Oklahoma Agrees to Keep Oil Train Shipments Secret

Flames and smoke are seen in an May 2014 oil-train derailment along Virginia's James River.

Waterkeeperalliance / Flickr

Flames and smoke are seen in an May 2014 oil-train derailment along Virginia's James River.

Surging oil production in states like North Dakota has outpaced pipeline capacity, and the energy industry has turned to railroads to transport oil from fields to refineries.

But several high-profile oil-train accidents — including Canada’s explosive Lac-Mégantic 2013 derailment that killed 47, and other accidents in Alberta, Alabama and Virginia — have raised questions about the safety of shipping crude oil on trains.

The federal government has ordered railroads to share more information about some crude oil shipments with state authorities, but Oklahoma officials won’t share that information with regular citizens, The Oklahoman‘s Paul Monies reports:

After an inquiry about the Bakken rail shipment reports, the Oklahoma Department of Environmental Quality said the commission entered into confidentiality agreements with railroads under guidance from the federal Department of Transportation.

Oklahoma is a major oil hub, and train shipments of crude oil traverse the state en route from North-central U.S. oilfields to refineries along Texas’ Gulf Coast. In May, the federal government ordered railroads to share more information with state authorities about crude shipments from North Dakota’s Bakken Shale, which might be more flammable than other types of crude.

Oklahoma’s DEQ said “information relating to terrorism” exempts the information from Oklahoma’s Open Records Act, Monies reports, but other states, including Washington, have made the information public.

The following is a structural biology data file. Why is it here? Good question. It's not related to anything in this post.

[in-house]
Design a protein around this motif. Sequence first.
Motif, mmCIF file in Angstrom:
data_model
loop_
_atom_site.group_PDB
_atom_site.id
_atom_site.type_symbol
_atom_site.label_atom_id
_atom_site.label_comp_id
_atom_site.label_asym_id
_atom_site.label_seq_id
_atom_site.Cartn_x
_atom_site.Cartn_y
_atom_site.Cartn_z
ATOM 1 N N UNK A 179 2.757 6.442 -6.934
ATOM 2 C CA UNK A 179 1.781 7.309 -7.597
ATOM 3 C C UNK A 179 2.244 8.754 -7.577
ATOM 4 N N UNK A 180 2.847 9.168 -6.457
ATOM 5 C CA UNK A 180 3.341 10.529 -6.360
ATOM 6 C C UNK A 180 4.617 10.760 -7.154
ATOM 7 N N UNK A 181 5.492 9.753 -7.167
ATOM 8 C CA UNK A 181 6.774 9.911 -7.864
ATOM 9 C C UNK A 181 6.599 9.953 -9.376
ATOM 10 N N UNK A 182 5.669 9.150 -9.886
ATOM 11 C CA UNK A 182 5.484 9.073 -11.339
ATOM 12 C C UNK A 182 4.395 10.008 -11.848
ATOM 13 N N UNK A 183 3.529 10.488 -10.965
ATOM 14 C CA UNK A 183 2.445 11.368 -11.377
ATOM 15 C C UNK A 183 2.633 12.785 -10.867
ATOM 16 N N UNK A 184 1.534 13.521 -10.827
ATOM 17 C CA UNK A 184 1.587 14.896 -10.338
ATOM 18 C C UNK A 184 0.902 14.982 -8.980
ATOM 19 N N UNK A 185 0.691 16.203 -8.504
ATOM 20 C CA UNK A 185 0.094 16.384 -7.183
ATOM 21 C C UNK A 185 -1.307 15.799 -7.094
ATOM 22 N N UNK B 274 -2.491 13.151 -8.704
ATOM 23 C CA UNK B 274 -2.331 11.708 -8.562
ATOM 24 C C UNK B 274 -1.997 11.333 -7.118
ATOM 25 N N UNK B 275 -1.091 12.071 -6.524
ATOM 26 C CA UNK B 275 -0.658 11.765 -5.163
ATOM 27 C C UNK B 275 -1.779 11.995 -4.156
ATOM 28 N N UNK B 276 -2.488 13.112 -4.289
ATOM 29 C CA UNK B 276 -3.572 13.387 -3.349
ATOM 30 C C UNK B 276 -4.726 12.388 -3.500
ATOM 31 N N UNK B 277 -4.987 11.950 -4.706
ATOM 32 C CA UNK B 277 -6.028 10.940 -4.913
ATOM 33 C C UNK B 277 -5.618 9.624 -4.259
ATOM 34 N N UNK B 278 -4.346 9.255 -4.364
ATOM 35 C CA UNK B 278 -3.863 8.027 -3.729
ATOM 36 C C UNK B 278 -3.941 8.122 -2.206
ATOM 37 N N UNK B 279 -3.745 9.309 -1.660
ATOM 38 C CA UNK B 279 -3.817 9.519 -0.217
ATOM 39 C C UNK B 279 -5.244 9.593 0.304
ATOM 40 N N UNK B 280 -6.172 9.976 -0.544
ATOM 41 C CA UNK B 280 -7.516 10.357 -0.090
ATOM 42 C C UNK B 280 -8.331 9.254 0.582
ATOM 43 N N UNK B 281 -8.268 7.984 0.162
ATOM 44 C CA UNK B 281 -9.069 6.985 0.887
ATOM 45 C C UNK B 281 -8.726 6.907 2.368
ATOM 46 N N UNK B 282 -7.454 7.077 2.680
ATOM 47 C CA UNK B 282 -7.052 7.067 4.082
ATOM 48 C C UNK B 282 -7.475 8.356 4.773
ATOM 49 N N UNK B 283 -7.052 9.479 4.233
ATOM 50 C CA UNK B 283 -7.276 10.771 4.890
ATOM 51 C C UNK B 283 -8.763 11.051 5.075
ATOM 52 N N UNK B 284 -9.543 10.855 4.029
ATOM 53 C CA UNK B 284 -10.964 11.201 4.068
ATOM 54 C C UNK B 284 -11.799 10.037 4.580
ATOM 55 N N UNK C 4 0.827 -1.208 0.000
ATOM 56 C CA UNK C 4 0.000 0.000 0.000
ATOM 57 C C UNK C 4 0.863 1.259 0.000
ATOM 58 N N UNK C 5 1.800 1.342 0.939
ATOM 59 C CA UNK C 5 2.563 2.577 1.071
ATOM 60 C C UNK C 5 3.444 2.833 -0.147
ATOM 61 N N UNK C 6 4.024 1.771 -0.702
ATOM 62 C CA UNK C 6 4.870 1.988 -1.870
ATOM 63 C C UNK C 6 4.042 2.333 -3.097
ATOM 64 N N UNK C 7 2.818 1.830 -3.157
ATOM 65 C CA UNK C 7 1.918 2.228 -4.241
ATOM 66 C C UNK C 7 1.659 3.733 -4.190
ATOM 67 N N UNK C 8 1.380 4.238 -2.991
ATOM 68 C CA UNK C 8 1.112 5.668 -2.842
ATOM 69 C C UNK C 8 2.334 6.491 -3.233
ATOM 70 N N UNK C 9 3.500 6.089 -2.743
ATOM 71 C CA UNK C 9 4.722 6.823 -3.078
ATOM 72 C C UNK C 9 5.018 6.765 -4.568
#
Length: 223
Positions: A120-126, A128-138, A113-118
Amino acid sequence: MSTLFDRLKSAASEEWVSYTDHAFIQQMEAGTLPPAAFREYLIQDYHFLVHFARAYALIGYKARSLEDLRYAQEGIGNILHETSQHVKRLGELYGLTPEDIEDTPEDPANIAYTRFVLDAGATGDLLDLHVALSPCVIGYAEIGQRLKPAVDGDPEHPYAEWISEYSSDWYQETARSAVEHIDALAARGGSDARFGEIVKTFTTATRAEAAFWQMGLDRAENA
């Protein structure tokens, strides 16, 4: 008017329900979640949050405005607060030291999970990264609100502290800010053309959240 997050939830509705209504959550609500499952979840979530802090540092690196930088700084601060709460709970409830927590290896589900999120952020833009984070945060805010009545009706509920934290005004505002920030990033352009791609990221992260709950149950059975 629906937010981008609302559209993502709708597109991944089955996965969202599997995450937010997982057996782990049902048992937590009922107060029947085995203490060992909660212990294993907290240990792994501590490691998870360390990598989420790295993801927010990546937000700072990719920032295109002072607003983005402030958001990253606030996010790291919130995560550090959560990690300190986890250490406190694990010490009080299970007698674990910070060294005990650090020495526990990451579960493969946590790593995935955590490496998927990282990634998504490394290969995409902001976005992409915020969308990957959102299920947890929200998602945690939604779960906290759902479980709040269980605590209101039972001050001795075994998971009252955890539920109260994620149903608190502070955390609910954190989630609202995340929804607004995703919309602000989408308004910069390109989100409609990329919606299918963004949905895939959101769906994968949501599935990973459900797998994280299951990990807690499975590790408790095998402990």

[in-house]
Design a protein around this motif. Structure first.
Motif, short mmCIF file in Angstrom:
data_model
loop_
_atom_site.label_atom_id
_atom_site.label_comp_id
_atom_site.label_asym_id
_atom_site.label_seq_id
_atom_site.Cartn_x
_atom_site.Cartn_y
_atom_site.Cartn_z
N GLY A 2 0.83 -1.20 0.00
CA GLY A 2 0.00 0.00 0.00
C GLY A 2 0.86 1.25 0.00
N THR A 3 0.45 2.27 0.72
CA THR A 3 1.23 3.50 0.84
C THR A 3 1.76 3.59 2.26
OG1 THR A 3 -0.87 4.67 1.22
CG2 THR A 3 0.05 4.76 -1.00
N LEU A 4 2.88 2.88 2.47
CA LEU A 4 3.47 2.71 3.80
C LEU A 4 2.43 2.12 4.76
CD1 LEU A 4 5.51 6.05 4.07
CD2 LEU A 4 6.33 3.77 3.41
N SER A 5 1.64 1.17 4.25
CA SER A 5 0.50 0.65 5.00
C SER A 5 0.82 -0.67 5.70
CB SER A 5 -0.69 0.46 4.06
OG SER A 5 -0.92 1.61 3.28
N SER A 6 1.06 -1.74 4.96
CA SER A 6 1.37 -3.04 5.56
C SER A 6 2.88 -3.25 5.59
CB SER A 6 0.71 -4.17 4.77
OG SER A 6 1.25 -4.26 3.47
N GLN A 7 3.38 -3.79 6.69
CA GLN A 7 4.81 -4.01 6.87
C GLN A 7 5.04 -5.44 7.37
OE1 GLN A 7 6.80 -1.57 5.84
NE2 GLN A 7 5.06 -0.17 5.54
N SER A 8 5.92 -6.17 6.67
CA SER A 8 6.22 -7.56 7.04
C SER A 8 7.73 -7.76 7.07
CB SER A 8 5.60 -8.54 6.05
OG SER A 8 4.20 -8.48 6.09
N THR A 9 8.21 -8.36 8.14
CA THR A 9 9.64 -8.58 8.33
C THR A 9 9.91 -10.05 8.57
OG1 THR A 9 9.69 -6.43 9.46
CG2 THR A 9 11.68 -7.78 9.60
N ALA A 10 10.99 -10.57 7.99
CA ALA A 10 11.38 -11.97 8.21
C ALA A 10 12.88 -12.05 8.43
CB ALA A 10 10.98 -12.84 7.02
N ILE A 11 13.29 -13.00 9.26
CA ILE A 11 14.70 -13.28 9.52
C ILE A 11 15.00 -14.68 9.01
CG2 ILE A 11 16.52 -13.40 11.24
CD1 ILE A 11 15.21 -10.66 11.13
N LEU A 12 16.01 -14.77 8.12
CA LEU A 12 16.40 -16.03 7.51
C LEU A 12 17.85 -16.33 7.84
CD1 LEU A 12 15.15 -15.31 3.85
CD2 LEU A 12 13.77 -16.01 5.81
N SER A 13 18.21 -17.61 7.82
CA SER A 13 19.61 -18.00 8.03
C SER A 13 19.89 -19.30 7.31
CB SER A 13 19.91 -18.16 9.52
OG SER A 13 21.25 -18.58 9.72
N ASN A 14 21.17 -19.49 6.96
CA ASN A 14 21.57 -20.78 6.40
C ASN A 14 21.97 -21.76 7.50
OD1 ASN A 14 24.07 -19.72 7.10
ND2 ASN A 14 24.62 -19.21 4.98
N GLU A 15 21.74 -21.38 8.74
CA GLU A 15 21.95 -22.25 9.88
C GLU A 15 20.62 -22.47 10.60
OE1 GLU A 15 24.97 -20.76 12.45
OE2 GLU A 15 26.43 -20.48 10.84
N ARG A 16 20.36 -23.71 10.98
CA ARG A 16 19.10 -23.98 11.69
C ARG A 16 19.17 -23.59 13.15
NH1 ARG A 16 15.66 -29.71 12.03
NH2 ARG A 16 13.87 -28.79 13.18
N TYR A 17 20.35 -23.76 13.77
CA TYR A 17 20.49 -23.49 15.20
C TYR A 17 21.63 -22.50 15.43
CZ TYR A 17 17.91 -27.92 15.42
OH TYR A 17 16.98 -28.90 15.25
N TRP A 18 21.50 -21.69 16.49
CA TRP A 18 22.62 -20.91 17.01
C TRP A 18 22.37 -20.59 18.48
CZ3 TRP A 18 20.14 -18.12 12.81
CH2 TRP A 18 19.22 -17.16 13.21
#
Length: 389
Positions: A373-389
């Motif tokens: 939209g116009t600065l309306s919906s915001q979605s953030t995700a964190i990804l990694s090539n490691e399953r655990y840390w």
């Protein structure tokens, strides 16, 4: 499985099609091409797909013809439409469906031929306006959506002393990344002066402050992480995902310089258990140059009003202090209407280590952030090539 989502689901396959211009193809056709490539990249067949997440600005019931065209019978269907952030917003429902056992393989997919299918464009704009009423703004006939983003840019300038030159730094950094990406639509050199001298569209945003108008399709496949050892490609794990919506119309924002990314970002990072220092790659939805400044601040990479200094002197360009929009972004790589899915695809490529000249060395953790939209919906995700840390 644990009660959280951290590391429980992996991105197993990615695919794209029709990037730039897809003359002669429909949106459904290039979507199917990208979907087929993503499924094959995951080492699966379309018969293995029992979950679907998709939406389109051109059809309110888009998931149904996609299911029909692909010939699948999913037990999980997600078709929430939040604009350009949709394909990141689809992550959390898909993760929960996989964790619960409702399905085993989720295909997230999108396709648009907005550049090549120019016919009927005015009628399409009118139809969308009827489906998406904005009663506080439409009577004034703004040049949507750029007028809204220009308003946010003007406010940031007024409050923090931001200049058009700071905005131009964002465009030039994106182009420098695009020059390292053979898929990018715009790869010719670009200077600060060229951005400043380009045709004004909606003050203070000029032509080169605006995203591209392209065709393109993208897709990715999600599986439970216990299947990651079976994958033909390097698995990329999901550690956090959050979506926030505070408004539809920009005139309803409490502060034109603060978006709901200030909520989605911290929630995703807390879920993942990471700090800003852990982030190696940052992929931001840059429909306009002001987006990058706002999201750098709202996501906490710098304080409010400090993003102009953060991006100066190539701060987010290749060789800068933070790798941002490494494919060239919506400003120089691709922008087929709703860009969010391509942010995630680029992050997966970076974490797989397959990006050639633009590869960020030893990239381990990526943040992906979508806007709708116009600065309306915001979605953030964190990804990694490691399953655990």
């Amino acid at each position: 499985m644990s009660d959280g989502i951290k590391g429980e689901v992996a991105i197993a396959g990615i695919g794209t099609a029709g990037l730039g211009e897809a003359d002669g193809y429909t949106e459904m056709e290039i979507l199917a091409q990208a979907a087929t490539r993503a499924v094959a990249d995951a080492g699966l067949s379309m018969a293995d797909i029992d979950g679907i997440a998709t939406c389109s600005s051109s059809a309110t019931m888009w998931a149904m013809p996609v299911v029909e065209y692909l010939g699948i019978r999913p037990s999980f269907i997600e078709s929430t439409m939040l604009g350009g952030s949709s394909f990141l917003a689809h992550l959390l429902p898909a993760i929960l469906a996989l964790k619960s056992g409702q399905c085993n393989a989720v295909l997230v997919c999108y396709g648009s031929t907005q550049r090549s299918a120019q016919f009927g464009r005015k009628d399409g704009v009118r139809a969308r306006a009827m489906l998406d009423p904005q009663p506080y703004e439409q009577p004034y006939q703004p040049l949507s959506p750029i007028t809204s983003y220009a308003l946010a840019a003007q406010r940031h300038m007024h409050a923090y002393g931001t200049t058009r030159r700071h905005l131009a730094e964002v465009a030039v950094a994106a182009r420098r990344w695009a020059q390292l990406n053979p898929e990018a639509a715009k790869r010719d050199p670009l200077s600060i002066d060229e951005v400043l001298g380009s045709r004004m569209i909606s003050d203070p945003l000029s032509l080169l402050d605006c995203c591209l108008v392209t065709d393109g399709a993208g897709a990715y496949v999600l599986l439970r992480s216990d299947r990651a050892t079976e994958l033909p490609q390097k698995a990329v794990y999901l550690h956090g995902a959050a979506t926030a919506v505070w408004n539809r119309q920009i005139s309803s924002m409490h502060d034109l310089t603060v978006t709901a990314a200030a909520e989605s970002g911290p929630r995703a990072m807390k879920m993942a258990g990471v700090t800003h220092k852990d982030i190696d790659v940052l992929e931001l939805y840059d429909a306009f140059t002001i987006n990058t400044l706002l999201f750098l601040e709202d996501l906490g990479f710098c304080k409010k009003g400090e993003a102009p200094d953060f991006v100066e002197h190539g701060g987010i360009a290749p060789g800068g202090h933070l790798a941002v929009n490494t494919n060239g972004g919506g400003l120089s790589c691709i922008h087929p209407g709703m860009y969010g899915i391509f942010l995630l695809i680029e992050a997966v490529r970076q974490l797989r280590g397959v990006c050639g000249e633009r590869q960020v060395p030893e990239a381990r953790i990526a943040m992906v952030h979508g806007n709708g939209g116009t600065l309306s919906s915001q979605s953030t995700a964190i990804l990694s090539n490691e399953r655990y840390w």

In its letter to Washington officials, BNSF Railroad Co. said the information should be shared only on a “need-to-know” basis. The data the railroad provided showed weekly summary information on Bakken oil shipments by county, not detailed train schedules or cargo manifests.

Several other states, including California, New Jersey, Minnesota and Colorado, have chosen to keep the information confidential in accordance with the requests of some railroad companies.

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  • soonergirl

    Thank you for the info. It has now been shared with over 200 Oklahomans from one FB page.

  • zohothemoho

    States like Washington don’t have near the amount of volume of crude being shipped. Oklahoma has been a key stopping point for crude oil shipments in the United States for decades. Google search Cushing, Oklahoma. That oil then makes its’ way down to the gulf to be refined.

  • Joel Olson

    Fracked oils ARE more dangerous due to the inclusion of volitile fluids. BNSF lines run through the center of Moore right past my house, very close to a school and on south through Norman. Instead of conjuring up bogus terrorists, we need to recognize that a slightly stronger than usual earthquake could easily distort the roadbed and tracks enough to derail one of these “rolling pipelines”. Will local responders have been prepared? I doubt it.

  • HardThought

    And we won’t build the Keystone pipeline why?

    More pipelines would defuse this problem.

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